How to Lessen Your Pup’s (and your) Separation Anxiety

By WagWell Team
March 06, 2024

Do you lament the day you bought your indoor security camera and realized that instead of watching your dog relaxing peacefully, you found that they anxiously pace and whine after you’ve left the house? Separation anxiety in dogs has become more prevalent as the return to office begins. It often results in a spectrum of behaviors that can significantly impact your dog’s quality of life. The good news? It’s manageable with the right approach.

Recognizing the Signs of Separation Anxiety

In order to learn the signs of separation anxiety, it’s necessary to know what events can result in a dog developing this condition. Times of transitions and a change in routines can leave your dog feeling unconfident in their new spaces. Moving homes, being adopted out of a shelter, and the death of a family member or other pet can all be separation anxiety triggers.


Traumatic events can also make your dog feel insecure. These events vary between dogs but could include living in a shelter, being left alone in a boarding kennel, and abuse or neglect. 


Separation anxiety can hide; many pet parents believe their dog is just misbehaving or needs more training (We say training is a never-ending requirement, but we’ll ignore that for now). Your dog could have separation anxiety if they’re displaying any of the symptoms listed below:

  • Trembling or salivating
  • Digging and scratching at doors or windows
  • Destructive chewing
  • Howling, barking, or whining
  • Using the bathroom inside (even with house-trained pups!)

Our Solutions To Having a Happy, Healthy Pup

Like most behaviors, the longer separation anxiety goes unchecked, the harder it is to correct. Don’t forget to use positive reinforcement over punishing your dog for separation anxiety-induced behaviors! Punishment could lead to worsening their anxiety and diminishing your dog’s confidence. 


We’ve compiled a list of some of the most effective ways to help your pup feel more confident.

Exercise of the Mind and Body

Mental enrichment and physical exercise are going to be your best tools for treating separation anxiety. These tools are the best way to relieve the tension and pent-up energy that allows your dog’s separation anxiety to thrive. Physical exercise tires your dog like it does to you and helps them relax! Making mental enrichment e a part of your daily routine will be a lifesaver on days when physical exercise is not possible. A few ways to provide this stimulation are to offer puzzle toys, long-lasting treats such as frozen Kongs or lick mats, and family playtime.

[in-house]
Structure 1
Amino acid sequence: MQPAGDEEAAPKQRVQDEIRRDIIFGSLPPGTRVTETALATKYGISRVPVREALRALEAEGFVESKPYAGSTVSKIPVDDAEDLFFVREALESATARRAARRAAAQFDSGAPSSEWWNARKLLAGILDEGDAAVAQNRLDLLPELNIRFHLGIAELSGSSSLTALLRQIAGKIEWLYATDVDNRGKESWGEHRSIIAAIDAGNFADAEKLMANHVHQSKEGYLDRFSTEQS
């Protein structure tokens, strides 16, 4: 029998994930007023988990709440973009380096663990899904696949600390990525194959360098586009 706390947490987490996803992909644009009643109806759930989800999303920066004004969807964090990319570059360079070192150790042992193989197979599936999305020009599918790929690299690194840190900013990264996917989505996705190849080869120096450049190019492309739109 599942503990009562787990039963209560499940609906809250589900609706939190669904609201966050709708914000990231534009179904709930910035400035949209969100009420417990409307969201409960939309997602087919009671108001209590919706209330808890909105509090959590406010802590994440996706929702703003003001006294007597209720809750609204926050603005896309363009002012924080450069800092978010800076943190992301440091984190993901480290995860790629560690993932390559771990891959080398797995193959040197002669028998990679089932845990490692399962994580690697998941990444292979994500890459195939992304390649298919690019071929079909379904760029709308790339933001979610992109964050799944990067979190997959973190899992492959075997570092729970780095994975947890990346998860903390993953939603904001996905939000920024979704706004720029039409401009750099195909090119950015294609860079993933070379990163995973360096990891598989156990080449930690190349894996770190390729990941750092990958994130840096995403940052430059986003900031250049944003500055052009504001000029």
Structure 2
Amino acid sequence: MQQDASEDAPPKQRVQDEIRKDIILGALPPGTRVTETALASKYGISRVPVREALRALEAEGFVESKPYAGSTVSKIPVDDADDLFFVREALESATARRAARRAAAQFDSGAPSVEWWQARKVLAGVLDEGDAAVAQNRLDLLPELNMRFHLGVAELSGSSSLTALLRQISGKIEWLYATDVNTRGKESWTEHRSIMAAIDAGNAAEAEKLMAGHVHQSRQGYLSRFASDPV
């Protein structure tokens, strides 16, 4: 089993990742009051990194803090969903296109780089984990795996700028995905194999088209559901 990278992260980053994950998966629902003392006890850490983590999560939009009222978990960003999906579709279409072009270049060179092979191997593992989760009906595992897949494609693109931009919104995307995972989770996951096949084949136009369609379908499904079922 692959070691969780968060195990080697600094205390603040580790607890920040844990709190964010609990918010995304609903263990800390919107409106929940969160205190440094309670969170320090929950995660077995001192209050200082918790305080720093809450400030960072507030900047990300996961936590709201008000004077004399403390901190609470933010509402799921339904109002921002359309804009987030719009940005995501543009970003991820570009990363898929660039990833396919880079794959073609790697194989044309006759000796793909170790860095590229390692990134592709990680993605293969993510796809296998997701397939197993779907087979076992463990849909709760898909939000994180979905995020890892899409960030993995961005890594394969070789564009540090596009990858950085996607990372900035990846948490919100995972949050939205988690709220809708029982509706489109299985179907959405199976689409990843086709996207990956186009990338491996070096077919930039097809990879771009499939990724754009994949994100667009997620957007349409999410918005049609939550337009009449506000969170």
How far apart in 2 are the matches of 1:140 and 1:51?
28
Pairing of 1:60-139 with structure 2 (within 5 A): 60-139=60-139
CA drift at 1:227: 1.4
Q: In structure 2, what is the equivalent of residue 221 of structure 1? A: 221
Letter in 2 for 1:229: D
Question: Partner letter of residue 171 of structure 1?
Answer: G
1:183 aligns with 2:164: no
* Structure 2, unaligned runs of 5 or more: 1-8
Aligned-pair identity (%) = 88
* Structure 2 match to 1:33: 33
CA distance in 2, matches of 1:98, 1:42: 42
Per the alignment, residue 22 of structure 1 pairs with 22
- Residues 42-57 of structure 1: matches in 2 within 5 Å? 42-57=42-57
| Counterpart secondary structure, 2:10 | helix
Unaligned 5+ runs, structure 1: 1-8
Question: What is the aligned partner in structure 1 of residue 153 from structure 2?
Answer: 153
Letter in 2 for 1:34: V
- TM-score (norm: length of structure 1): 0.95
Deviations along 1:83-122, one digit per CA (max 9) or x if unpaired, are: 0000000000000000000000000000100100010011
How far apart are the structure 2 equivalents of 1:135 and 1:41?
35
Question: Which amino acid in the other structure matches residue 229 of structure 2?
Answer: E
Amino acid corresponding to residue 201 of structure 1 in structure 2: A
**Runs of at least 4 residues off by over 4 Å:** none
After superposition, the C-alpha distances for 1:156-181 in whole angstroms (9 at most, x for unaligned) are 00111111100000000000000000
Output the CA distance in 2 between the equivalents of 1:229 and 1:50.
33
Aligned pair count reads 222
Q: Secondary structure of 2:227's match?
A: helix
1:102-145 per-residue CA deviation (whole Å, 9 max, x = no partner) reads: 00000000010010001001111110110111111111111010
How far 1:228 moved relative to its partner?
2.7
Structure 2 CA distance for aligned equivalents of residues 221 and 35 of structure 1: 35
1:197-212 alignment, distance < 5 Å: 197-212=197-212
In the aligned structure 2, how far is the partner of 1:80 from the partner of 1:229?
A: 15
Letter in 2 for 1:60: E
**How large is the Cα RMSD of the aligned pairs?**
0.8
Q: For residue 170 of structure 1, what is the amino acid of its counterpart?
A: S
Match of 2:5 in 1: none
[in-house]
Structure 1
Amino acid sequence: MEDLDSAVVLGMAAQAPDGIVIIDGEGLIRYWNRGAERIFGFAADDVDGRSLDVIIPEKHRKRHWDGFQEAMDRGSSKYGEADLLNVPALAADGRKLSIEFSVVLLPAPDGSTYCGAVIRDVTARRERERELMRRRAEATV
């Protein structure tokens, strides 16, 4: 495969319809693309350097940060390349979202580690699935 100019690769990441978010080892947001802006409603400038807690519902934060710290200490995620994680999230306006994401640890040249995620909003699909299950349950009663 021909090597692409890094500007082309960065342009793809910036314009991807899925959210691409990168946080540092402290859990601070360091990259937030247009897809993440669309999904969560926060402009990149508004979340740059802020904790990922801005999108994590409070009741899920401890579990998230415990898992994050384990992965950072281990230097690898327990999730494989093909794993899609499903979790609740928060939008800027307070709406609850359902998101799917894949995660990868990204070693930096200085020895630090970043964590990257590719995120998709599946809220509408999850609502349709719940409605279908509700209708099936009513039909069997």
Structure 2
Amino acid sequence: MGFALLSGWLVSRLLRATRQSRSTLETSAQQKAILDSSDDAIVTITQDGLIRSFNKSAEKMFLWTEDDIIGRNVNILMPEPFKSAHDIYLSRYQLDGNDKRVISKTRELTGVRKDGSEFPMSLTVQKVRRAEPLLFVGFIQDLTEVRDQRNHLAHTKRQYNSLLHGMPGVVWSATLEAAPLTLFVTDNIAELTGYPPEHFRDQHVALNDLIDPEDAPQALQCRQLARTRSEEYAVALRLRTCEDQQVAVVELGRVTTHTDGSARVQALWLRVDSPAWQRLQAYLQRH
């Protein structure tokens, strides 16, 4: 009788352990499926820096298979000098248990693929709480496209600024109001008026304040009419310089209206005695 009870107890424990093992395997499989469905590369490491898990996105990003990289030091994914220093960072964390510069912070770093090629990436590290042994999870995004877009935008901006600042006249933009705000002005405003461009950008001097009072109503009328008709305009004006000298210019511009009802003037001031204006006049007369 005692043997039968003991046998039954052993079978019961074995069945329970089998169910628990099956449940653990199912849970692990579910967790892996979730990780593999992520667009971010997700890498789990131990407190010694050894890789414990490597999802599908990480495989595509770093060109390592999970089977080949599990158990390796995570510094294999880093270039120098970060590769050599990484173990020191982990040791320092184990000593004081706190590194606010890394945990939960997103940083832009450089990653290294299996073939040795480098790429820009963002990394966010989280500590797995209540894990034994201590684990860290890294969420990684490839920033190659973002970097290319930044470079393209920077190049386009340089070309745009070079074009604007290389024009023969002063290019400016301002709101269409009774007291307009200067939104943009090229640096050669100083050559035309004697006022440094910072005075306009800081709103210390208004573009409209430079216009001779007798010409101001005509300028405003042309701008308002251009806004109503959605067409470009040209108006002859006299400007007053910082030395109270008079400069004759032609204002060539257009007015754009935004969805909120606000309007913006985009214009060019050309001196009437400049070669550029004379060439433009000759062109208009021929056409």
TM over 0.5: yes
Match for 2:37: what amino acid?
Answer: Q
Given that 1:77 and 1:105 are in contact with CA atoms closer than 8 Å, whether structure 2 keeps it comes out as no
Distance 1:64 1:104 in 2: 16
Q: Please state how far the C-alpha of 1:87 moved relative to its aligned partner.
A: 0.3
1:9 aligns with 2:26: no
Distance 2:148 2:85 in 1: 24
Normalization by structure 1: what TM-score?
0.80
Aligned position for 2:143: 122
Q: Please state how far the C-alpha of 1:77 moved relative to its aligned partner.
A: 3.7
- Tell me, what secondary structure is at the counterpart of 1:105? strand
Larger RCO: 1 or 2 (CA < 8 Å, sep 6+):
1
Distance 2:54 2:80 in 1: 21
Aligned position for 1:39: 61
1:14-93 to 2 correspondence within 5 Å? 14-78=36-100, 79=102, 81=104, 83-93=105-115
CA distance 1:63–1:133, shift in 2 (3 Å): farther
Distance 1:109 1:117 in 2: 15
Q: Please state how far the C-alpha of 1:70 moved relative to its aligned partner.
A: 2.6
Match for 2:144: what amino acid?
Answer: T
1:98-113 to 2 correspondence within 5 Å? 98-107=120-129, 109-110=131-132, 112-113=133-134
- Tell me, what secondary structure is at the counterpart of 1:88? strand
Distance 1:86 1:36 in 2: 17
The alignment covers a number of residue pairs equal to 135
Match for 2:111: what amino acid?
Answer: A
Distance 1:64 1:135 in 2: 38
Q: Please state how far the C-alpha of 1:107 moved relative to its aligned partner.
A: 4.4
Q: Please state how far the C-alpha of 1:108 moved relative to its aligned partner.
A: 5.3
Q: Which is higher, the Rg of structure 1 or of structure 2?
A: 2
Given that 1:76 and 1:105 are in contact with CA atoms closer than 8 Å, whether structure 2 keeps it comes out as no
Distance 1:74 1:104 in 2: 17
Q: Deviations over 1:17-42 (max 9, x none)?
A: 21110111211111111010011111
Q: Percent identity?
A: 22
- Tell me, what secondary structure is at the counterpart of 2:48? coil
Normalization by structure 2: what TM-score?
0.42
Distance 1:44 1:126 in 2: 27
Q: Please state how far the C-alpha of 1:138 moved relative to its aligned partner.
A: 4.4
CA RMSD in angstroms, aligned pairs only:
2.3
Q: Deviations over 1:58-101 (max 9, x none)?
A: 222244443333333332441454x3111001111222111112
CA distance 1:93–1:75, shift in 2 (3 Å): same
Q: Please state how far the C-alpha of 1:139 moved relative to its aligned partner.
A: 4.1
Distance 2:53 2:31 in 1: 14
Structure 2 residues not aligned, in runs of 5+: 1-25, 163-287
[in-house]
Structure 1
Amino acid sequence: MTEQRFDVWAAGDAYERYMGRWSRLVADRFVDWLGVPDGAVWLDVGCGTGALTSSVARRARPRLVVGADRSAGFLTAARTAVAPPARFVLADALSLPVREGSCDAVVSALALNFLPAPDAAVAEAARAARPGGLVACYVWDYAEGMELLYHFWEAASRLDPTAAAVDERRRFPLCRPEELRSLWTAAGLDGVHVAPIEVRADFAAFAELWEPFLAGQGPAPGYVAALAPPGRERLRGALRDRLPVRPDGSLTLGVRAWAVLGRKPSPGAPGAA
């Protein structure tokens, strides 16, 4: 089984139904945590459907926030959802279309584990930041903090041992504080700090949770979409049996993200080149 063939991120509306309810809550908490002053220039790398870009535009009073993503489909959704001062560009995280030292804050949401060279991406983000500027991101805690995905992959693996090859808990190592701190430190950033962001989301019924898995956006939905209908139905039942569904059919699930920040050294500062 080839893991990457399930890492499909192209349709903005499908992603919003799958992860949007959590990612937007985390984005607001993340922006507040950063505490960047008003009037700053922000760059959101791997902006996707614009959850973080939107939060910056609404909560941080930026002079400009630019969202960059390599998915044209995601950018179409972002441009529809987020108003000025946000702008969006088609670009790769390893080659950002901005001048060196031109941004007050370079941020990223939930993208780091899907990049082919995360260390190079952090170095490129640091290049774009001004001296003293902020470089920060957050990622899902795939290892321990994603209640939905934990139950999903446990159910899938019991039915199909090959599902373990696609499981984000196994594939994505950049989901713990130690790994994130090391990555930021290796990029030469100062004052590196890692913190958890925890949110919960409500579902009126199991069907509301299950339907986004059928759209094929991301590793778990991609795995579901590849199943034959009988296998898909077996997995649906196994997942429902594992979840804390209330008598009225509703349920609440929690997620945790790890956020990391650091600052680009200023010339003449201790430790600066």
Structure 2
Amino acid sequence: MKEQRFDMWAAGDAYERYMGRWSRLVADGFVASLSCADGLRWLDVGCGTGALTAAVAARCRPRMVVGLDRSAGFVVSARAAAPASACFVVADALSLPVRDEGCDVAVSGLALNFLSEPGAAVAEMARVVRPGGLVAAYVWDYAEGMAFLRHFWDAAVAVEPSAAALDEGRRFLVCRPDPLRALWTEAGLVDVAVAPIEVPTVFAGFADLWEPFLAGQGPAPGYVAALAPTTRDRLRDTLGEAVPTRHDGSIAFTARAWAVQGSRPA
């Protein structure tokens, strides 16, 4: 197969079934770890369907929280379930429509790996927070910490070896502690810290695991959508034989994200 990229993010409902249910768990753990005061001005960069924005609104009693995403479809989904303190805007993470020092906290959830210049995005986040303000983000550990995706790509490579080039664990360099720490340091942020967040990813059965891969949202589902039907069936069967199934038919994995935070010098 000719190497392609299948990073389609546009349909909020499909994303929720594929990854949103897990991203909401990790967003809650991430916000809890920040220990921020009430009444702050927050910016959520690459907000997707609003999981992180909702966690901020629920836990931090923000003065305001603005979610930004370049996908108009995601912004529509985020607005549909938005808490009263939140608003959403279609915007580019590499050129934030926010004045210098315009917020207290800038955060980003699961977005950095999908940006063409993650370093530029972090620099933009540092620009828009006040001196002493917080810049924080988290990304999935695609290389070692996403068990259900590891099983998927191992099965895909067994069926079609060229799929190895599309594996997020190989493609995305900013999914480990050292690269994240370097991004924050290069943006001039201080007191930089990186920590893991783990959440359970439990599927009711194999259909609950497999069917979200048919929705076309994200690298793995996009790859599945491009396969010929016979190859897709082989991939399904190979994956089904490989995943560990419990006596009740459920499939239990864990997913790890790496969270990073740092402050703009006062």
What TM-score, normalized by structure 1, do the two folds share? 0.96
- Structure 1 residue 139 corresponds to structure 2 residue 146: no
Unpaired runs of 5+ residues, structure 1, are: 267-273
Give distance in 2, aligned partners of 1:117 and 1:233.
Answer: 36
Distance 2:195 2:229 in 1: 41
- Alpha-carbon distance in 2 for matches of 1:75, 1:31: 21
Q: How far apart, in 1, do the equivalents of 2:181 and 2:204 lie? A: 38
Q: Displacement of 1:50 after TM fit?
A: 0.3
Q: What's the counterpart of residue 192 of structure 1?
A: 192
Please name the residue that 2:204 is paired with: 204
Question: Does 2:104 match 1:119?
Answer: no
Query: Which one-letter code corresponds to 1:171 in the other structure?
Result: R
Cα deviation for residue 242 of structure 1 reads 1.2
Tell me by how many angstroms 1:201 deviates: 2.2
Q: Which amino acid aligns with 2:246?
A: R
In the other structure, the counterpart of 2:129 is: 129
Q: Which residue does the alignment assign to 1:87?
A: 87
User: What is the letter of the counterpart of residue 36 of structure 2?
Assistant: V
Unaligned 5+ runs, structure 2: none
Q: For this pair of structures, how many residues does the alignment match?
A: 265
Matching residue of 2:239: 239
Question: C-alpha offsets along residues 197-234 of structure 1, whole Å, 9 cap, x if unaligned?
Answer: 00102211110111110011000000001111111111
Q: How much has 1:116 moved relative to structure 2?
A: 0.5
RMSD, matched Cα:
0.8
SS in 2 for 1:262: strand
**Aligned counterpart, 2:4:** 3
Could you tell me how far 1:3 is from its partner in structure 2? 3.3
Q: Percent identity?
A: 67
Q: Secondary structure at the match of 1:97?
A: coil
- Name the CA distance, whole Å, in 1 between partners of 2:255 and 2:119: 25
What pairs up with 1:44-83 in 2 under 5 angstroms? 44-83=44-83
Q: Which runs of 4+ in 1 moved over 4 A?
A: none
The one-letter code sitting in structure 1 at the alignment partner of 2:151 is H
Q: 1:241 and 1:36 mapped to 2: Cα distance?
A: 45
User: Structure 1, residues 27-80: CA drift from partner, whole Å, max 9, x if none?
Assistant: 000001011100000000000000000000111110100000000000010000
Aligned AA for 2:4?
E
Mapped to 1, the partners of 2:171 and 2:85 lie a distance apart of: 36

Creating a routine is one of the best ways of helping a dog with separation anxiety–especially if they’re in a new place. This will give them coping mechanisms as they know when things will happen. 

Minimizing Disturbances and Outside Stimuli

Some dogs are sensitive to noise and can become reactive when exposed to certain triggers for extended periods. Playing soothing music can help alleviate anxiety caused by outside noises. Dog TV is another easy option. Give your dog a safe space free from noise and excessive visual stimuli. Crates are great vehicles for this because they are used as a dog’s personal space. 

Doggie Daycare or That Dog-Obsessed Kid Down the Street

If your dog craves 24/7 attention or is in a destructive phase, doggie daycares might be for you! Your dog will get to run and play with friends during the day (with an appropriate number of naps, too!) while simultaneously keeping your home safe from a bored pup. 


Many services allow you to book a dog walker or sitter. Having someone check in on your dog during the day will give them a chance to have a potty break and catch some sunlight. 

Embrace Irish Goodbyes and Smoke-Filled Entrances

Changing your goodbye routine up can alleviate a lot of your dog’s anxiety. When a lot of attention is drawn to your departure, it will make your dog see your comings and goings as major events. Keep things calm when you start getting ready to leave. 


When you get home, ignore your dog for the first few seconds to ease the excitement of your arriving home. (This will be hard in the moment, but trust us, it pays off in the long run!)

Leave Out Your Smelly Gym Socks

Okay, maybe not your gym socks, but leaving a shirt or blanket that smells like you can provide a bit of relief for your dog! Being able to smell your scent will allow your dog to feel more secure and relieve their anxiety. 

Progress, Not Perfection

Our dog’s separation anxiety should serve as a reminder of the deep connection and bond we share with them. The issue is not just about being left alone; it shows us how much we’re needed by our furry friends. Separation anxiety is not going to be a one-time treatment, it is something that you will always have to consider when large changes occur. Your dog will appreciate your commitment to making their lives whole and complete. 

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